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God’s creation is speaking (October 2021)

Dear Friends

I used a quote from Augustine at Trinity-Henleaze a few weeks ago. It feels so contemporary that I hope you’ll not mind me repeating it:

“Some people,” he wrote, “in order to discover God, read books. But there is a great book: the very appearance of created things. Look above you! Look below you! Read it. God, whom you want to discover, never wrote that book with ink. Instead, He set before your eyes the things that He had made. Can you ask for a louder voice than that?”

I find this such a powerful reflection upon the wonders of the natural world and their many ways to point to the hands of the Creator lying behind them; God’s fingerprints all over things. I suspect it is a truth echoing in our own experiences from the butterfly’s flight to the glacier’s mirror cliffs, from the fragrance of the rose to the rattle of pebbles washed by surf. And I love Augustine’s final question; what more need God do to call to us than give us the whole of the cosmos?

Augustine was born in 354AD and spent much time in Hippo Regius in the Roman Empire’s North Africa, where the Algerian city of Annaba now stands. He was a philosopher, theologian and became Bishop of Hippo. He stands as one of the greatest thinkers and writers of the early Church. John Calvin, from whom our URC Presbyterian and Congregationalist traditions draw so much, was deeply influenced by him. He wrote: “Augustine is so wholly within me, that if I wished to write a confession of my faith, I could do so with all fullness and satisfaction to myself out of his writings.”

You’ll not be surprised by my affection for Augustine’s perspective as you read this October newsletter because this month ends with COP26, the twenty-sixth United Nations climate conference gathering in Glasgow. Hopefully, by the time you read this, many of us will have been tuning in to the weekly online talks and creative sessions arranged through Trinity College, Glasgow in the build up. And, in my weekly ‘Companions’, we’ve followed the team of young people on pilgrimage from the G7 summit in Cornwall to Glasgow, highlighting the significance of climate change, the need for the world’s richest and most developed nations to fully engage with transforming our carbon footprints, and the passion young people have surrounding the whole climate and environmental agenda. It will be, after all, generations coming after us who will reap the consequences of what we do, or fail to do, today.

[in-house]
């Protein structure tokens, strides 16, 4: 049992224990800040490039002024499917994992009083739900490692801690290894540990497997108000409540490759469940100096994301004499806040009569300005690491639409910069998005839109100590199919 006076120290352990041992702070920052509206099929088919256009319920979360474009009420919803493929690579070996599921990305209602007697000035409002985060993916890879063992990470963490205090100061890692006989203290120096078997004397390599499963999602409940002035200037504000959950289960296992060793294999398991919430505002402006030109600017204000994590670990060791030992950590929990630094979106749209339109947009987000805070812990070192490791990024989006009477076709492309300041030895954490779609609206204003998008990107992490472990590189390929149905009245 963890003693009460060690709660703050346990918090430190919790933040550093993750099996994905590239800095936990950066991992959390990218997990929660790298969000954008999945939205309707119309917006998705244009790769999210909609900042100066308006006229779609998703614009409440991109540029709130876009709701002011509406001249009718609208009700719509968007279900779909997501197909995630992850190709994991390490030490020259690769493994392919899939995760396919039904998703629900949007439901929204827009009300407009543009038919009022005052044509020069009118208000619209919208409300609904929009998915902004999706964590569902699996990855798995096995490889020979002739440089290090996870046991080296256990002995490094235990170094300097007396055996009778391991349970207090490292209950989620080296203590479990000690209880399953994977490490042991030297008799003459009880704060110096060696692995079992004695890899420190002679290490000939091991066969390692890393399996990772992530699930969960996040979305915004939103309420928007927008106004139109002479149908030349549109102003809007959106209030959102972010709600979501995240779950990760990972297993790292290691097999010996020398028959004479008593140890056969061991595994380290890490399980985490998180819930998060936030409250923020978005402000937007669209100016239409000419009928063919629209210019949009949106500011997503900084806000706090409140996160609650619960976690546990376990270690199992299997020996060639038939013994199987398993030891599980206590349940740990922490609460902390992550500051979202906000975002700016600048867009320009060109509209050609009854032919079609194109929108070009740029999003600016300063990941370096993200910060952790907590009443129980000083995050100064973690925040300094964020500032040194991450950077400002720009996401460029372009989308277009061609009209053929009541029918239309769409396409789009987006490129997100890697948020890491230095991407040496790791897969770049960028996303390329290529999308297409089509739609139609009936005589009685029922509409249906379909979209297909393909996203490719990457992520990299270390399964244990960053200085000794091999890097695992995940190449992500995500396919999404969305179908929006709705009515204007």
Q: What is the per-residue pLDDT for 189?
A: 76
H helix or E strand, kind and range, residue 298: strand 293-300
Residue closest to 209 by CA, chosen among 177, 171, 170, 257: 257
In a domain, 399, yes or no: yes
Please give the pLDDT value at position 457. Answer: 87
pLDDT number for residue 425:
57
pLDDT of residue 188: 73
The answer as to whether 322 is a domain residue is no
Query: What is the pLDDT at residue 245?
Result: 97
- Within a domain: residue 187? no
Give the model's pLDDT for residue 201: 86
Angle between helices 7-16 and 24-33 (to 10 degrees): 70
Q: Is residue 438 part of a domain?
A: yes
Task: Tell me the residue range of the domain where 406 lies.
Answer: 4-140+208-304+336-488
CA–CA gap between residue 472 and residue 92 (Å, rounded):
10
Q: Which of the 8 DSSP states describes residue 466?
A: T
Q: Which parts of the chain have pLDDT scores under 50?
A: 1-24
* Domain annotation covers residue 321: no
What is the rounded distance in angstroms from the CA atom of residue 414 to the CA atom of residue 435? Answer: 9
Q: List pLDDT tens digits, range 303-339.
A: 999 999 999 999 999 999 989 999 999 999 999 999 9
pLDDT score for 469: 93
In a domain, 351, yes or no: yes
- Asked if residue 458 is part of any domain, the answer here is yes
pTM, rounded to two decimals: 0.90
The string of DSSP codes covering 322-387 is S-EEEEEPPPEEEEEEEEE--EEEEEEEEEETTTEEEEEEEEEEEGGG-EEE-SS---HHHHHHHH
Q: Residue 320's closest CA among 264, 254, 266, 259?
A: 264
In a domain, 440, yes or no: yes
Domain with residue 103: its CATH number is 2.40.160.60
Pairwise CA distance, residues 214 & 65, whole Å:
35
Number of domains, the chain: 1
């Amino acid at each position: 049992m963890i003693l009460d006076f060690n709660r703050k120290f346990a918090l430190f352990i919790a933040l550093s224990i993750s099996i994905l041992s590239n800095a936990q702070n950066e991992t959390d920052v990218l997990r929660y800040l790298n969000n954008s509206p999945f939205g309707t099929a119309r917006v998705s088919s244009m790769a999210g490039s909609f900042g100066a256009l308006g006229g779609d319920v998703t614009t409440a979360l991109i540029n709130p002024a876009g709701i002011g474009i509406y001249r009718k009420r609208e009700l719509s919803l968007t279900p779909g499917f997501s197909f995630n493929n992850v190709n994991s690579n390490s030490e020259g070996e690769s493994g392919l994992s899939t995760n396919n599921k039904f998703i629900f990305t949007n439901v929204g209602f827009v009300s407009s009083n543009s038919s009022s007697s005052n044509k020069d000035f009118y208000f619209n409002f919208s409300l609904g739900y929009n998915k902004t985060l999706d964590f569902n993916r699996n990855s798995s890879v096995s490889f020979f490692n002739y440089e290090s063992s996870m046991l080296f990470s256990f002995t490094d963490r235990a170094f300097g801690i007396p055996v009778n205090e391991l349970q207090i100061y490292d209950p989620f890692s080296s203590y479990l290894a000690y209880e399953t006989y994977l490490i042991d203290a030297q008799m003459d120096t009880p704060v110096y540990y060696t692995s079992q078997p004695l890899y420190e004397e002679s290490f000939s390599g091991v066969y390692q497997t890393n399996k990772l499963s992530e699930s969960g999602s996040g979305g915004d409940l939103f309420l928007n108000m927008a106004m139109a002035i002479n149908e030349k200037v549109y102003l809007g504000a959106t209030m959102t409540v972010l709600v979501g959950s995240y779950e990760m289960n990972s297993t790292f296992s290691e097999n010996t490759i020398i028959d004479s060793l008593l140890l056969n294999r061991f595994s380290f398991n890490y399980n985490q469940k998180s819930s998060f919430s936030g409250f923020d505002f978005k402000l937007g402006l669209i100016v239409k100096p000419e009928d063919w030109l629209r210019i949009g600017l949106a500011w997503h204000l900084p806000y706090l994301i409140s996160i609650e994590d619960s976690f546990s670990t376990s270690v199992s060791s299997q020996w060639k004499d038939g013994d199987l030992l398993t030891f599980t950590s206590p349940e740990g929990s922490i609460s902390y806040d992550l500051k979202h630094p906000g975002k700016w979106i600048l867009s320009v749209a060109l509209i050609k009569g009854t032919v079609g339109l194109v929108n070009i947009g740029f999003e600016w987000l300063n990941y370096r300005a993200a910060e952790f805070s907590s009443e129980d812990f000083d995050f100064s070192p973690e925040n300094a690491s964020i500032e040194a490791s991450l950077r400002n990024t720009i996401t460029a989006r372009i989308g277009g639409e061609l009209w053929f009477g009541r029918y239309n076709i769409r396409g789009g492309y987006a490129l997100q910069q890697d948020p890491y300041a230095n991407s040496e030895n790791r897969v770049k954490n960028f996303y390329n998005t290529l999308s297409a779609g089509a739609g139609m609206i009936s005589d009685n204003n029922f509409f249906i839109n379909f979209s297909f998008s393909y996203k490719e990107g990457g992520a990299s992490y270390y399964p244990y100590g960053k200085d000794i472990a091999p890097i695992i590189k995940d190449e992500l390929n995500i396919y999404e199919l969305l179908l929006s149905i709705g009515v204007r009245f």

I remain deeply optimistic. I think I’ve glimpsed, at times, some of the worst that human beings can do to one another and to the planet. But I have also been blessed, with the access that is amongst the privileges of ministry, to see people at their best, communities transforming despair into outrageous hope, and change that overwhelms darkness with gorgeous light. I always read the Bible’s opening “In the beginning…” as God’s supremely and ridiculously optimistic step. The Bible vibrates with optimism. God seems not to be put off despite so much that might end the love story with endless tears. Mary’s “Yes” to the news that she will carry the Messiah is but another example of optimism stamping its gold upon the human race. And I find the sheer existence of churches and the continued commitments we make in worship, prayer, pastoral care, outreach and mission abundant evidence of optimism.

God’s creation is speaking. It is wounded and it is letting us know it. We understand enough now to know that humanity is a threat to all creation. God’s open book lies in our hands. It awaits our responses. Glasgow awaits a conference the likes of which we have never known.

Friends, let us be fervent in praying for the outcome of COP26.

Let us discover what we can do to limit our own impacts and put holy pressure upon our government.

Dear God, let us listen to your loud voice!

Yours in Christ,